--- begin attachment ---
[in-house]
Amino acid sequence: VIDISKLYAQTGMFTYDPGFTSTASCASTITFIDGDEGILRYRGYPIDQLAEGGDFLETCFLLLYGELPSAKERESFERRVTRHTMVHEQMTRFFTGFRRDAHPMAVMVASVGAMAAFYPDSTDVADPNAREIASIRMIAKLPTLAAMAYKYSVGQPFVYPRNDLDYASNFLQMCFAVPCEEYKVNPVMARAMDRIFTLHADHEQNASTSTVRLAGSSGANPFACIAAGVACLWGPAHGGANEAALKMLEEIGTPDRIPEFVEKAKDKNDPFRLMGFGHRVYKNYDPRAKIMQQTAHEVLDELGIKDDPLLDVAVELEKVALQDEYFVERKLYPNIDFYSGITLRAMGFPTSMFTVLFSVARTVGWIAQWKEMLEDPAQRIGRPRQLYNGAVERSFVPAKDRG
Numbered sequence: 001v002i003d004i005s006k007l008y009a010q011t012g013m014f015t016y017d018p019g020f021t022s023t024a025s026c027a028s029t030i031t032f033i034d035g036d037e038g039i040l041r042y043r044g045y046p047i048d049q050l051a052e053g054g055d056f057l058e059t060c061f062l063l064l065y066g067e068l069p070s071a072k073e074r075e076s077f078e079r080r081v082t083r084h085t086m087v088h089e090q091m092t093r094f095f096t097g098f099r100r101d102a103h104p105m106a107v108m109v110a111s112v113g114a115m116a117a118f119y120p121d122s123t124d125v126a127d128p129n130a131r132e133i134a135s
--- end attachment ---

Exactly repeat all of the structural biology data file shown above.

[in-house]
Amino acid sequence: VIDISKLYAQTGMFTYDPGFTSTASCASTITFIDGDEGILRYRGYPIDQLAEGGDFLETCFLLLYGELPSAKERESFERRVTRHTMVHEQMTRFFTGFRRDAHPMAVMVASVGAMAAFYPDSTDVADPNAREIASIRMIAKLPTLAAMAYKYSVGQPFVYPRNDLDYASNFLQMCFAVPCEEYKVNPVMARAMDRIFTLHADHEQNASTSTVRLAGSSGANPFACIAAGVACLWGPAHGGANEAALKMLEEIGTPDRIPEFVEKAKDKNDPFRLMGFGHRVYKNYDPRAKIMQQTAHEVLDELGIKDDPLLDVAVELEKVALQDEYFVERKLYPNIDFYSGITLRAMGFPTSMFTVLFSVARTVGWIAQWKEMLEDPAQRIGRPRQLYNGAVERSFVPAKDRG
Numbered sequence: 001v002i003d004i005s006k007l008y009a010q011t012g013m014f015t016y017d018p019g020f021t022s023t024a025s026c027a028s029t030i031t032f033i034d035g036d037e038g039i040l041r042y043r044g045y046p047i048d049q050l051a052e053g054g055d056f057l058e059t060c061f062l063l064l065y066g067e068l069p070s071a072k073e074r075e076s077f078e079r080r081v082t083r084h085t086m087v088h089e090q091m092t093r094f095f096t097g098f099r100r101d102a103h104p105m106a107v108m109v110a111s112v113g114a115m116a117a118f119y120p121d122s123t124d125v126a127d128p129n130a131r132e133i134a135s